In The Style Of – Punch Hutton

In The Style Of – Punch Hutton

For this month’s In The Style Of edition, we sat down with writer, designer, and mother, Punch Hutton, as she gets ready to launch her new stationery collection.

What does style mean to you?

Style is the unique way in which you express and present yourself - from how you live and dress to how you move and communicate.

What's on your coffee table?

A collection of sea shells from Sanibel Island, a sterling silver sandwich box from the 1930s that has an engraved “H” on it (a wedding present from friends), an orchid - always, a sea urchin shaped bowl, a glass hurricane which we fill with seasonal objects, a Feu de Bois scented candle from Diptyque, and some favorite coffee table books including Diana Vreeland, The Modern Woman, edited by Alexander Vreeland, Holiday by Pamela Fiori, Woman in the Mirror by Richard Avedon, Vanity Fair 100 Years, edited by Graydon Carter, and Family Matters by Gigi Laub. 

What's hanging on your wall?

When I was little, my mom and I used to go to two restaurants, Hal’s and 72 Market Street, in Venice, where the paintings of local artists hung on the walls.  This is when I first saw John Baldessari’s work.  It was a hybrid of photography, paint and text, and as I studied it, I felt the tingle of excitement race through my body.  

In our NYC living room, my husband, John, and I have a limited-edition print of Baldessari’s Paradise, which we first fell in love with when we saw it at Shutters, in Santa Monica, in 2000. I feel lucky and proud to own a piece of work by my favorite California artist.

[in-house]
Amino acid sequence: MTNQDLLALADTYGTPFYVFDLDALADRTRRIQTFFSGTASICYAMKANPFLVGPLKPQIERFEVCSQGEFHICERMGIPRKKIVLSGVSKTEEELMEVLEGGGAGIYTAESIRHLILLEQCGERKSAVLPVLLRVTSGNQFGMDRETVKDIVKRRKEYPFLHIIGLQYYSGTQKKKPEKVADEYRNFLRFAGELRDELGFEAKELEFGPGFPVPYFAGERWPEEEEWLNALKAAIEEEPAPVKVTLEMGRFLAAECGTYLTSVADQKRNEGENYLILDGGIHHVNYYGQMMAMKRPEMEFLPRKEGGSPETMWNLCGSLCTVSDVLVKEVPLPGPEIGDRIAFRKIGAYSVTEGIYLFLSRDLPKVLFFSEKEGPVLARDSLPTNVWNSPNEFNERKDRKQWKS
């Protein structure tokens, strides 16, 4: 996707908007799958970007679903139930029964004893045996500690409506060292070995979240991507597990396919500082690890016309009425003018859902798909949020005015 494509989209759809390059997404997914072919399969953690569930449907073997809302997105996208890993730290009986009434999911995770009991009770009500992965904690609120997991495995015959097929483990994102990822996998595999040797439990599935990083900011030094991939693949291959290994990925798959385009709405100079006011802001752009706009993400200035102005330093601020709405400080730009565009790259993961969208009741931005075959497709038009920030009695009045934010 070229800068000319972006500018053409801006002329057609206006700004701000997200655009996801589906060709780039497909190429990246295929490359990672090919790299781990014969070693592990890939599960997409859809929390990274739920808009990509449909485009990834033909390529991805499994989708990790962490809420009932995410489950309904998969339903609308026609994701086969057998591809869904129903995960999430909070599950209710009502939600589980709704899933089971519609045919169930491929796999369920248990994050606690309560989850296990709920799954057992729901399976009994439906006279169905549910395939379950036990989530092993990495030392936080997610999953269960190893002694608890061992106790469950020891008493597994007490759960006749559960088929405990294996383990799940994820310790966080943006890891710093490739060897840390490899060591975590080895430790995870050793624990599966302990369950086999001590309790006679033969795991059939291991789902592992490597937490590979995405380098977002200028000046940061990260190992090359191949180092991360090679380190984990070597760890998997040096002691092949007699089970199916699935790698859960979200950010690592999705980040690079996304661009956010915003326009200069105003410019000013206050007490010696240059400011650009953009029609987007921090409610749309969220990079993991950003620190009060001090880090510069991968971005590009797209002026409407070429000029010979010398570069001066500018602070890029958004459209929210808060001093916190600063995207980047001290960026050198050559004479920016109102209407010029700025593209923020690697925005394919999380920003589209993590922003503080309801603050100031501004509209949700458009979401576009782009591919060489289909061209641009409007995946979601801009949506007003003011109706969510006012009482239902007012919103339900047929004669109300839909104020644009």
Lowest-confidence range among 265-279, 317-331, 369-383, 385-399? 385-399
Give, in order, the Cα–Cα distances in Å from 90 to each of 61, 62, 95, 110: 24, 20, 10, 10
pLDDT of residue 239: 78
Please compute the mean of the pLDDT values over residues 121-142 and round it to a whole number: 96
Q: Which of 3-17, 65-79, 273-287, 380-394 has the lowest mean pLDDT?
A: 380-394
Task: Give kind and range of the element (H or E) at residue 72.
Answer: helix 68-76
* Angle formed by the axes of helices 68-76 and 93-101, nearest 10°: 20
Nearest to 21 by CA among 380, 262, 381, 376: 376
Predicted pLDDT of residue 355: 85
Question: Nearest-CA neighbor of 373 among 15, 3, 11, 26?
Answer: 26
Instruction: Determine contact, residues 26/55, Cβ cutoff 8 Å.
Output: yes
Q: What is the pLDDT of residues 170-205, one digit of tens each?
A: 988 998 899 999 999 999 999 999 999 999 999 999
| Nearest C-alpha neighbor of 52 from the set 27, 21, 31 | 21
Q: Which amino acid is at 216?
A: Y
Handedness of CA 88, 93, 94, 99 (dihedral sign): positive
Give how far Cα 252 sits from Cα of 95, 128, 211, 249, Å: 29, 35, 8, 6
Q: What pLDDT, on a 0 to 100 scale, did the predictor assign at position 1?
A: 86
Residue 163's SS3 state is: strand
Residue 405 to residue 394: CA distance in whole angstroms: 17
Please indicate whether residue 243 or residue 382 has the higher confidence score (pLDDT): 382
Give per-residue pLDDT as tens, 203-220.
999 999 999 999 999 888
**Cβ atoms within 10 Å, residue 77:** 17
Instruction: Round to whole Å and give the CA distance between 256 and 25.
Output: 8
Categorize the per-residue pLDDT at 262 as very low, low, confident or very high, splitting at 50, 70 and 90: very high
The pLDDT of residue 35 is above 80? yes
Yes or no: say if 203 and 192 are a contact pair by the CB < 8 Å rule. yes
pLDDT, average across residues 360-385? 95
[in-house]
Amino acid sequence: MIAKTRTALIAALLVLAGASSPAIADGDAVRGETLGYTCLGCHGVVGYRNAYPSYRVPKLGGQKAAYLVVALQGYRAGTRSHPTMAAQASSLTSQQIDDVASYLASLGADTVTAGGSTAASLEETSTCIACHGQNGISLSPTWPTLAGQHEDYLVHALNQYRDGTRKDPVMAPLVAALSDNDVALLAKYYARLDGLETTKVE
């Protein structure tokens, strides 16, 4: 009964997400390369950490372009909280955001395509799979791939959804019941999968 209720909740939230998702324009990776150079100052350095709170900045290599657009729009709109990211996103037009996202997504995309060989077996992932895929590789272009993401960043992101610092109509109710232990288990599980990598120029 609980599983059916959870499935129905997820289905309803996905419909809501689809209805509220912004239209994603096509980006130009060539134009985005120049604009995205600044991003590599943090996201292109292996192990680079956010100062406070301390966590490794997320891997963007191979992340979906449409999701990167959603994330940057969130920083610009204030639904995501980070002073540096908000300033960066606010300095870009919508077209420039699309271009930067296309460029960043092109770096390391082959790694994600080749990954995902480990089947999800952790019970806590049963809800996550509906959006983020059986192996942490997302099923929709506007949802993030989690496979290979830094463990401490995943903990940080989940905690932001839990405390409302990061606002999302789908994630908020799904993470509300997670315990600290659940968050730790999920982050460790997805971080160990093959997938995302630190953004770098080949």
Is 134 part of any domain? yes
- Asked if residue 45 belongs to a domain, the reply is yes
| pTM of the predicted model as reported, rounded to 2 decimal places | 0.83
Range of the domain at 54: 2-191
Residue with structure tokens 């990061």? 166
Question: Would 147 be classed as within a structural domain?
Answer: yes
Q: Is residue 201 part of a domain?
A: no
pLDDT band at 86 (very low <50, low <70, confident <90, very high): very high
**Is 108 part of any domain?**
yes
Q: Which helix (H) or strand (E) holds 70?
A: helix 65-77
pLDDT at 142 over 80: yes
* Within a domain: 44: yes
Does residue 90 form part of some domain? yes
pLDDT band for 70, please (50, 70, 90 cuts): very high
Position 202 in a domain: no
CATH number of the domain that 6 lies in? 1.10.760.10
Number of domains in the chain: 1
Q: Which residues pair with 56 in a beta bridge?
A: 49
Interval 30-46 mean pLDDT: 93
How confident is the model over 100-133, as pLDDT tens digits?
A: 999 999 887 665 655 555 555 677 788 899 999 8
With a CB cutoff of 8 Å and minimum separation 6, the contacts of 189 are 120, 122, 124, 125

In addition to the portrait of my children and me by artist Peter Schaumann, which was a gift from my in-laws, and a super chic painting of my family by Donald Robertson, in which John and I look better than we do in real life - thank you @drawbertson - we have several black and white photographs that take pride of place in our apartment.  

James Bond creator, Ian Fleming, at his “Goldeneye” estate in Jamaica, 1964 by Harry Benson

Paul Newman and Robert Redford playing ping pong with director George Roy Hill during a break in the filming of Butch Cassidy and the Sundance Kid, in Durango, Mexico, 1968 by Lawrence Schiller

Original Saturday Night Live cast members Chevy Chase, Dan Ackroyd, and John Belushi, with the show’s creator and producer, Lorne Michaels, in the kitchen at Elaine's, 1975, in NYC.  Jonathan Becker took this photograph the year the show premiered.  

What can't you live without?

Inner strength.  And my family.

What could you do without?

Bad manners and tricky people, for starters.

What was the last book you read?

The Magnificent Lives of Marjorie Post: A Novel by Allison Pataki 

It’s a historical fiction novel about the Post cereal heiress’s life which was rich with history, glamor, business, and philanthropy.  I loved it so much.

What's the last song you listened to?

For real? “Bette Davis Eyes” by Kim Carnes and before that “The Gambler” by Kenny Rogers, and before that “Learning to Fly” by Tom Petty and the Heartbreakers. I’d be happy to share my Spotify list with you.

What's the last interesting thing you've seen?